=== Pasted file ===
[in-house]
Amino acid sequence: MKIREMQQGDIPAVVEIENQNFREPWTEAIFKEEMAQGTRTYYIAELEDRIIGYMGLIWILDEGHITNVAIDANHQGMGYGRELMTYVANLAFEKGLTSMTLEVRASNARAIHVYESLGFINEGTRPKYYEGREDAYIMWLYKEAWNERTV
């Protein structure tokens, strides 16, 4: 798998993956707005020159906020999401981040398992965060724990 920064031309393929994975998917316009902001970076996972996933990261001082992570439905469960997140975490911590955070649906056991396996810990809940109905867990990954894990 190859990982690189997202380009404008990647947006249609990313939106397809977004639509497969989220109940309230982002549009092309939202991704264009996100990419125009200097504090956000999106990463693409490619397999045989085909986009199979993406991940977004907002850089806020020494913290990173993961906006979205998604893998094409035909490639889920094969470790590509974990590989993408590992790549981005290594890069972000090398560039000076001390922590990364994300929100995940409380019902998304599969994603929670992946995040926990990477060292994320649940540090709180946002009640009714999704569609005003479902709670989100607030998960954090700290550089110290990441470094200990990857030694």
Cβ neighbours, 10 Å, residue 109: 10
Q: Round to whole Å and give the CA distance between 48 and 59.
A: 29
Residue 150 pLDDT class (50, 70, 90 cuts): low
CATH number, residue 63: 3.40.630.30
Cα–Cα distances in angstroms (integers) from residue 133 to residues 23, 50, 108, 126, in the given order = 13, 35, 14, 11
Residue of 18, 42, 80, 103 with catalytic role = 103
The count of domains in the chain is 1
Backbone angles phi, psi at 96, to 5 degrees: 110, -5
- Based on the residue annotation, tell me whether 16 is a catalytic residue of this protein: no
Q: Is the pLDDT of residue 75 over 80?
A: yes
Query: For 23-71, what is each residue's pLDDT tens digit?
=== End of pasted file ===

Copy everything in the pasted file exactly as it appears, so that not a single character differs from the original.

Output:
[in-house]
Amino acid sequence: MKIREMQQGDIPAVVEIENQNFREPWTEAIFKEEMAQGTRTYYIAELEDRIIGYMGLIWILDEGHITNVAIDANHQGMGYGRELMTYVANLAFEKGLTSMTLEVRASNARAIHVYESLGFINEGTRPKYYEGREDAYIMWLYKEAWNERTV
């Protein structure tokens, strides 16, 4: 798998993956707005020159906020999401981040398992965060724990 920064031309393929994975998917316009902001970076996972996933990261001082992570439905469960997140975490911590955070649906056991396996810990809940109905867990990954894990 190859990982690189997202380009404008990647947006249609990313939106397809977004639509497969989220109940309230982002549009092309939202991704264009996100990419125009200097504090956000999106990463693409490619397999045989085909986009199979993406991940977004907002850089806020020494913290990173993961906006979205998604893998094409035909490639889920094969470790590509974990590989993408590992790549981005290594890069972000090398560039000076001390922590990364994300929100995940409380019902998304599969994603929670992946995040926990990477060292994320649940540090709180946002009640009714999704569609005003479902709670989100607030998960954090700290550089110290990441470094200990990857030694």
Cβ neighbours, 10 Å, residue 109: 10
Q: Round to whole Å and give the CA distance between 48 and 59.
A: 29
Residue 150 pLDDT class (50, 70, 90 cuts): low
CATH number, residue 63: 3.40.630.30
Cα–Cα distances in angstroms (integers) from residue 133 to residues 23, 50, 108, 126, in the given order = 13, 35, 14, 11
Residue of 18, 42, 80, 103 with catalytic role = 103
The count of domains in the chain is 1
Backbone angles phi, psi at 96, to 5 degrees: 110, -5
- Based on the residue annotation, tell me whether 16 is a catalytic residue of this protein: no
Q: Is the pLDDT of residue 75 over 80?
A: yes
Query: For 23-71, what is each residue's pLDDT tens digit?